The Discovery and History of Activated Carbon
The actual “discovery” of charcoal was likely long before the first recorded use of the substance in about 3750 B.C. Because charcoal burns hotter than wood, it was often used for melting and combining metals in ancient Egypt. The Egyptians eventually discovered that charcoal had antibacterial properties when they realized that charred wooden posts didn’t rot when placed into the Nile for the purpose of building docks. This discovery led to continued use of charcoal in Egyptian medical, embalming and burial practices.
The Development of Medicinal Uses of Charcoal
Around 1500 B.C., we see the first written record of medicinal use of charcoal. The Egyptians primarily used charcoal for treating the unpleasant scent that emanated from festering wounds. Archaeologists have found that the first records of using charcoal for water treatment appear about a thousand years later, in 400 B.C. These records show up in several cultures, mostly of peoples who travelled by ship: sailors would char the inside of water barrels to purify and preserve the water for long ocean voyages. Additionally, a paste of charcoal tar was often used for sealing up leaks and holes in ships.
Several early, groundbreaking physicians of this time, such as Hippocrates, used charcoal to treat a variety of ailments such as epilepsy (a seizure disorder), iron deficiencies, dizziness and even bacterial diseases like anthrax. Hundreds of years after Hippocrates’ time, the physician Pliney wrote of the fascinating way charcoal gains medicinal properties after being burned. Claudius Galen, a pioneering and famous physician and scientist in the second century, regularly referenced his use of charcoal to treat disease.
Discovering the Decoloration Properties of Charcoal
Throughout the following several thousand years, charcoal was used regularly for its antiseptic and antibacterial properties. Towards the end of the 18th century, scientists started to pursue research of this fascinating substance with a renewed vigor. In 1776, Russian chemist Johann Lowitz discovered the initial decoloration properties of charcoal in liquid—a characteristic that makes activated charcoal water filters a popular choice even today. An English sugar factory then built upon this research a couple of decades later and discovered you could use charcoal to decolor sugar, a solid substance.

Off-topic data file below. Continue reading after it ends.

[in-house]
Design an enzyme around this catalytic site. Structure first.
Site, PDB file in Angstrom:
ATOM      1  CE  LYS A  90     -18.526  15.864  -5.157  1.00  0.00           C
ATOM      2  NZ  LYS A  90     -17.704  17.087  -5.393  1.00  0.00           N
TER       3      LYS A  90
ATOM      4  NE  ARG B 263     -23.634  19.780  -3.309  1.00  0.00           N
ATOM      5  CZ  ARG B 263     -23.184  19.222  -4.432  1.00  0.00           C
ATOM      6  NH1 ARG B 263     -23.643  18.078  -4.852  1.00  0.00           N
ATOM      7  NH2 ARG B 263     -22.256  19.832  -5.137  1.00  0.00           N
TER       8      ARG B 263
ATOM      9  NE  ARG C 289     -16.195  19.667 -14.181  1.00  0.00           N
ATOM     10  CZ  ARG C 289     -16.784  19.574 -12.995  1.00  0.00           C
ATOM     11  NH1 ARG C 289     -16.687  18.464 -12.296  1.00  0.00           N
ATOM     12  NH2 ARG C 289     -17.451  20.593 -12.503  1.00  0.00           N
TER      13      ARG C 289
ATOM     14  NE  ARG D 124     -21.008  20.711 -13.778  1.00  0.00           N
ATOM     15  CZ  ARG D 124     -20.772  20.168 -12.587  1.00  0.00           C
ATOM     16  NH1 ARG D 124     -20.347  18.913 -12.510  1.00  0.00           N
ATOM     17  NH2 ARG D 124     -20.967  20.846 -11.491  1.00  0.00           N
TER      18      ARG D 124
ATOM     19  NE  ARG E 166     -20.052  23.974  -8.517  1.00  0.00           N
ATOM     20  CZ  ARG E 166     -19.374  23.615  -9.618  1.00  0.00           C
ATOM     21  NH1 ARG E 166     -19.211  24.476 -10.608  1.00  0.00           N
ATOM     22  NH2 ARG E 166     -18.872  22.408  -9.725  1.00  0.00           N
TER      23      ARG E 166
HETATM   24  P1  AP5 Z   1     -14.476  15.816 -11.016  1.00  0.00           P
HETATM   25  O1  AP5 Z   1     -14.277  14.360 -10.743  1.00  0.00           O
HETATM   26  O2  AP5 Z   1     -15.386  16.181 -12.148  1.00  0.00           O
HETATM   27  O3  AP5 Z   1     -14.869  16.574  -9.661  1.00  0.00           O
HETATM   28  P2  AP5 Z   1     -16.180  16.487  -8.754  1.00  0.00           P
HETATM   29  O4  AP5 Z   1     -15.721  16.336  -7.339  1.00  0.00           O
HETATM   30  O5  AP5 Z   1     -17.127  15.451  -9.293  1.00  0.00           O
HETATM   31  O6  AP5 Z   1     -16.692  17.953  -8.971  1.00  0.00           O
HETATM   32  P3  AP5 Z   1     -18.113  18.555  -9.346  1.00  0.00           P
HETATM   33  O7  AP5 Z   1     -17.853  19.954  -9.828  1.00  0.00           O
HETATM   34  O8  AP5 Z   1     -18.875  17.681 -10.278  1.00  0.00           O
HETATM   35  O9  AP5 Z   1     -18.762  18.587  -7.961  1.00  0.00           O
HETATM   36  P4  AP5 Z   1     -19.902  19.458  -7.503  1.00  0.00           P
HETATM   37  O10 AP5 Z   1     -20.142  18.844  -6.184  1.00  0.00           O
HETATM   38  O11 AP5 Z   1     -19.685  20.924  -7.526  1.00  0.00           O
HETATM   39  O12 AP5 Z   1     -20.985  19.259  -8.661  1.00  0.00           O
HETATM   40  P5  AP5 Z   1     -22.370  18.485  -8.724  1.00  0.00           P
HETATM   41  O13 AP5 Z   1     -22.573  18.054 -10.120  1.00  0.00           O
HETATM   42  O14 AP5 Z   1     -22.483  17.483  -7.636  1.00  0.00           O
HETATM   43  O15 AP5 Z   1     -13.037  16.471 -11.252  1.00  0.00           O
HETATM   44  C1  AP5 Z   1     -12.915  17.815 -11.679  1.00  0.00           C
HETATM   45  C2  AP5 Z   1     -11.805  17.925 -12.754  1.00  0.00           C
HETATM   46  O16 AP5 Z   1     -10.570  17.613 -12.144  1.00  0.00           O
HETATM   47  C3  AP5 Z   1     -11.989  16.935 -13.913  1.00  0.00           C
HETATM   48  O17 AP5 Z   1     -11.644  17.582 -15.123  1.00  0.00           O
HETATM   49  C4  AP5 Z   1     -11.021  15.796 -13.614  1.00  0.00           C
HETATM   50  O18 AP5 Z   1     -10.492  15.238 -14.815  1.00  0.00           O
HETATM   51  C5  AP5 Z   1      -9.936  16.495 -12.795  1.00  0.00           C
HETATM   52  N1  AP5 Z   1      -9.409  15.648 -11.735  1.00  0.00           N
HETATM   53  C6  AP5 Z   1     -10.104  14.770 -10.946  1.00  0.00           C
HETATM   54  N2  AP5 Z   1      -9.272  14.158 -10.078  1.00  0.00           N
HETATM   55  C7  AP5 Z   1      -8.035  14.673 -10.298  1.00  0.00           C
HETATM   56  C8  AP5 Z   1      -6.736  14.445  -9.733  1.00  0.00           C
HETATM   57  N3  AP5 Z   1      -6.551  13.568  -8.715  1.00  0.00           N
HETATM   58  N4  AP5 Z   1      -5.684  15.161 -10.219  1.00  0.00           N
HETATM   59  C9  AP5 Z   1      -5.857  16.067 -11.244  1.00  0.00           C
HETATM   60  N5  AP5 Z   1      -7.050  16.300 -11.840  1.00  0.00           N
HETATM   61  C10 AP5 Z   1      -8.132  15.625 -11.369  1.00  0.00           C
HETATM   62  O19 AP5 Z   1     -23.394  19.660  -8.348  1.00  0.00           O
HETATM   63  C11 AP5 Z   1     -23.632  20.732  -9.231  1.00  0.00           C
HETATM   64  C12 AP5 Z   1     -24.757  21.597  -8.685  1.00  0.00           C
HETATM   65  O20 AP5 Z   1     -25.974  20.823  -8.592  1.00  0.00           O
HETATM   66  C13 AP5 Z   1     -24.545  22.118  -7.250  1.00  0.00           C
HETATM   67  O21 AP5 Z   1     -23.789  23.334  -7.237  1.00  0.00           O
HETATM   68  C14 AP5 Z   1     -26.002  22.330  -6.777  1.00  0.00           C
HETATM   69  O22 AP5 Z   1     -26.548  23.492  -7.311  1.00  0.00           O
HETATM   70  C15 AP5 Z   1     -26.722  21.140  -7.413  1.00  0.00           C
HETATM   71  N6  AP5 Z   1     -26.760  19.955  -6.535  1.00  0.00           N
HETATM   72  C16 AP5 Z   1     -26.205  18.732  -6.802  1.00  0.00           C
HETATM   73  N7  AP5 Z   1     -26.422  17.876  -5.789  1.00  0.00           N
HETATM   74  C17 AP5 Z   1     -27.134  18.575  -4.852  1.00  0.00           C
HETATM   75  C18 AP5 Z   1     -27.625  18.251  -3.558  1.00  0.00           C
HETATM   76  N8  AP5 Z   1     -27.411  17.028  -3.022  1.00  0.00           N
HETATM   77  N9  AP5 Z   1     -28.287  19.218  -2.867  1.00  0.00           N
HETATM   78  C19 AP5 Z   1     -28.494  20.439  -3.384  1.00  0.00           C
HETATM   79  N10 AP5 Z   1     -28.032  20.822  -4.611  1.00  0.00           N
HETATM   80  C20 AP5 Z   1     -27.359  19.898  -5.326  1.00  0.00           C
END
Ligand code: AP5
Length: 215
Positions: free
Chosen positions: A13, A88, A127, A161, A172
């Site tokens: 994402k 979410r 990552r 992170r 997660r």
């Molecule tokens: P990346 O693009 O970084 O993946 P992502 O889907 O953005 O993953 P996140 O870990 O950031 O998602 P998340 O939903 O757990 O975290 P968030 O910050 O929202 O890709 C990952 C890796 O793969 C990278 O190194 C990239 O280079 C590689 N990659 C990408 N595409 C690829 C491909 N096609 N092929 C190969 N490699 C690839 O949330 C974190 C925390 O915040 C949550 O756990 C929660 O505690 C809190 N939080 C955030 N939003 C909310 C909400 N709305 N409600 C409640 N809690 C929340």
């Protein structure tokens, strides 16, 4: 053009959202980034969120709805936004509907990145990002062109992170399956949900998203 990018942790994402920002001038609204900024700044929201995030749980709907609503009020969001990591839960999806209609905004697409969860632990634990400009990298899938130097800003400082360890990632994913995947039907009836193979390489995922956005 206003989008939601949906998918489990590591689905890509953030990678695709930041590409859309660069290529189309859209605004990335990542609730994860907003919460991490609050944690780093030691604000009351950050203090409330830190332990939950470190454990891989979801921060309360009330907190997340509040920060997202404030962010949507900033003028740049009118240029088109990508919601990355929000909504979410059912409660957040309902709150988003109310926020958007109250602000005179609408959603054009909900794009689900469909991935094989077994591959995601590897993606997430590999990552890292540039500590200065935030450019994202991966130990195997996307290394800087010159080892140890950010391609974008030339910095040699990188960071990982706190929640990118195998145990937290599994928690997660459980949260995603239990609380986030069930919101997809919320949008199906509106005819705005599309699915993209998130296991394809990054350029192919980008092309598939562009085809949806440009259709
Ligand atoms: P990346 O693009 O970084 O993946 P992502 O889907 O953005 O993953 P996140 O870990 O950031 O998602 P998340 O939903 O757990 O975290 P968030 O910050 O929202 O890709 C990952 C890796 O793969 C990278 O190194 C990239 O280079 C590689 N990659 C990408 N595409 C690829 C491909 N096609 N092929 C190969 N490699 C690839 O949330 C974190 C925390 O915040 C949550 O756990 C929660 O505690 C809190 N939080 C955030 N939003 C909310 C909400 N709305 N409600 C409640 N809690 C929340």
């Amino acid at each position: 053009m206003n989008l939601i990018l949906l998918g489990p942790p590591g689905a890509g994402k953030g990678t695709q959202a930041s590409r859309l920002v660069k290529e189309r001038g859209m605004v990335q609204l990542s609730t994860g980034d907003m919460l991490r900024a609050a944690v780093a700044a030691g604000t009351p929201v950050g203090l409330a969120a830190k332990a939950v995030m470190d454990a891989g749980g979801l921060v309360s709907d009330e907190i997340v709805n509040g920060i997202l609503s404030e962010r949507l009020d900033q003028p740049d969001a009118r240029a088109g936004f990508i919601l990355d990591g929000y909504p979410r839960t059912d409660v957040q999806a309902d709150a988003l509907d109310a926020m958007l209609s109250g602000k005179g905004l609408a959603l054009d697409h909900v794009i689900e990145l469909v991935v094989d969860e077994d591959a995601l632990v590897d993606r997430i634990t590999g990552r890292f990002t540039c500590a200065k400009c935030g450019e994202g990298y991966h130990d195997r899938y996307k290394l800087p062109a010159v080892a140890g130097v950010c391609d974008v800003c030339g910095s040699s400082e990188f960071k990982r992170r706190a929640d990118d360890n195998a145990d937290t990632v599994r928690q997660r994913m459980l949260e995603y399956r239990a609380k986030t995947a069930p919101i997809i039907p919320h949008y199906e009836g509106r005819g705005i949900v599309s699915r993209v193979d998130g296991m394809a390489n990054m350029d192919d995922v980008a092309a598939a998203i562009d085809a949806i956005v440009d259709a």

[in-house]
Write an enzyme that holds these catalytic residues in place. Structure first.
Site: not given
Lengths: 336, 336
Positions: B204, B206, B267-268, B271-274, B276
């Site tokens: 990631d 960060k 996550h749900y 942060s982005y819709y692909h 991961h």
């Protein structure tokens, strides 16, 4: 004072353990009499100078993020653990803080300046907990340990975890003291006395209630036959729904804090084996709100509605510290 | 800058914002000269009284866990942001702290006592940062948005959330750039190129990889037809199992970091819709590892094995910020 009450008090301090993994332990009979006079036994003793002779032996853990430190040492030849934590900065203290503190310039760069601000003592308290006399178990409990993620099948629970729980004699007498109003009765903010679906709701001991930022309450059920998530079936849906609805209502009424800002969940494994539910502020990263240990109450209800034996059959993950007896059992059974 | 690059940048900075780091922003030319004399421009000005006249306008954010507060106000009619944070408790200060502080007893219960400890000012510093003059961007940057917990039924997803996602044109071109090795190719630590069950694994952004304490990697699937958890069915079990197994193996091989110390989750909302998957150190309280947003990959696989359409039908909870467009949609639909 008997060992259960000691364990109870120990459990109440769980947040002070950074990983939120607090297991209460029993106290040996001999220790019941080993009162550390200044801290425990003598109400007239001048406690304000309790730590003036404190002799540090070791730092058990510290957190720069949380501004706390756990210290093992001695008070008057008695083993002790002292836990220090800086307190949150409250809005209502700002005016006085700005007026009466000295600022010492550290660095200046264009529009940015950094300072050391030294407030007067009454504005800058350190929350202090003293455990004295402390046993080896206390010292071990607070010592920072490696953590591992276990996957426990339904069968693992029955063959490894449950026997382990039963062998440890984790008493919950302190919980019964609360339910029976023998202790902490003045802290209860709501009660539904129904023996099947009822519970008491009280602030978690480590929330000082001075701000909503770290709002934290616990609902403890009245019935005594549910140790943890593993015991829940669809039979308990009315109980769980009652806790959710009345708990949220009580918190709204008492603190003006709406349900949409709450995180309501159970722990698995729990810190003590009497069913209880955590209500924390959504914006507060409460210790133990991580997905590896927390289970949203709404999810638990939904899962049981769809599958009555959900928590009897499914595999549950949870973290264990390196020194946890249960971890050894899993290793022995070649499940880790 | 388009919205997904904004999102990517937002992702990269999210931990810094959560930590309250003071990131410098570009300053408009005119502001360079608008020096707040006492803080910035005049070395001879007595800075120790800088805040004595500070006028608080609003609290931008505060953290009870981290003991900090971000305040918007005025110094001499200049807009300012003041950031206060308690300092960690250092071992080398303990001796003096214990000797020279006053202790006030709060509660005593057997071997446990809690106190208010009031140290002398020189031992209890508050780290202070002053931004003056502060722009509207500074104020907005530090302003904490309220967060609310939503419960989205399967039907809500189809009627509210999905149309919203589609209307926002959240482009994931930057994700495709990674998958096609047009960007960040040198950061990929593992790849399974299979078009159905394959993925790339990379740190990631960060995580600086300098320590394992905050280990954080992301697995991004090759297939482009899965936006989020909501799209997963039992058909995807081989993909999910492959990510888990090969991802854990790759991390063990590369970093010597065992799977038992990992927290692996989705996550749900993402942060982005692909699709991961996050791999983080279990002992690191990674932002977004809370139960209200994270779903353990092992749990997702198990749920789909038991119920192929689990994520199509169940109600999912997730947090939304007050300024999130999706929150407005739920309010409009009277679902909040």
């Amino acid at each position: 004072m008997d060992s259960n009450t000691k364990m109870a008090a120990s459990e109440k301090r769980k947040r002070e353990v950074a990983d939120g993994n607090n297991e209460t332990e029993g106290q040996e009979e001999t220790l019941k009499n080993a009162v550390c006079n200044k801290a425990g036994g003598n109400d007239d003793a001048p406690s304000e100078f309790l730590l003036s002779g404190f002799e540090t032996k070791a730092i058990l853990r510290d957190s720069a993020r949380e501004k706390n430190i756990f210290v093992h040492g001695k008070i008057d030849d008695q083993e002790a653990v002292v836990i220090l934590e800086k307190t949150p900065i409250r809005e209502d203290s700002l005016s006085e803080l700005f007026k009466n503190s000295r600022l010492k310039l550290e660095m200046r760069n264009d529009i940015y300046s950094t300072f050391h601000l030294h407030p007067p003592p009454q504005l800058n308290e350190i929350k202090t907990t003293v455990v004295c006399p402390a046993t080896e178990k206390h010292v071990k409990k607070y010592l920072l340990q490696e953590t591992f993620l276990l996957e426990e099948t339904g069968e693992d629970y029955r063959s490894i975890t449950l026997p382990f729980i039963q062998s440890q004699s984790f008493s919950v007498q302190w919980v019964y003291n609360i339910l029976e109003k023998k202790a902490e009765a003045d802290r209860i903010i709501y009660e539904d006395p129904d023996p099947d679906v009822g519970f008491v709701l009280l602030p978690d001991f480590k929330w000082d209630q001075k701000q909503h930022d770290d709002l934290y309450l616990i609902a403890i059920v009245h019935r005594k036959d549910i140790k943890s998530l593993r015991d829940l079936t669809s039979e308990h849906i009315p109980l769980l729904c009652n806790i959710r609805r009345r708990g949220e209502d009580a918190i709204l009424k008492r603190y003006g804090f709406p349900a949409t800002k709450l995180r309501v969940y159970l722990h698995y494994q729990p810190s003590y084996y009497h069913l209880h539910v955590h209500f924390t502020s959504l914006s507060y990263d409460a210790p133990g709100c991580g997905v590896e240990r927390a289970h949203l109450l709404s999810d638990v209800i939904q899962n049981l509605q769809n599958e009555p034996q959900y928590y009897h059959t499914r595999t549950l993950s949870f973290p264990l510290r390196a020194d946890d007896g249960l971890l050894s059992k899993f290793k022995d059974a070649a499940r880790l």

This development was very significant because a burgeoning industry—the sugar trade—was now invested in the research and development of carbon. Sugar refineries were seeking a way to make their raw and grainy product more visually appealing to consumers and charcoal made that possible. It could be argued that without the discovery of carbon’s use a decoloring agent, its possible that the activating process for carbon might never have been discovered.
Modern Developments in Activated Charcoal Use
In the early 1800s, the process for activating carbon was officially discovered. This process led to the widely accepted use of activated carbon as a treatment for poison, and it was popular in the early 19th century for scientists to prove this by swallowing arsenic and charcoal together.
In 1881, an important term was coined by physicist Heinrich Kayser. Kayser used the word “adsorption” to describe the process of atoms or molecules from a gaseous, liquid or dissolved solid subtance attaching themselves to a surface and creating a film on the substance. Kayser started using the term to describe how charcoal could “adsorb” gases. While the process had been discovered years earlier (specifically in an experiment using coconut shell carbon!), Kayser is credited with the word.
By the beginning of the 20th century, the commercial manufacture of carbon was prevalent. Common uses in this time period included carbon solutions used for food and chemical decoloration and the use of activated carbon in gas masks to protect soldiers from chemical weapons.
A Historically Proven Resource
Activated carbon has a long and productive history among mankind. Its uses are many and varied and research continues to support this material’s miraculous ability to cleanse and detoxify.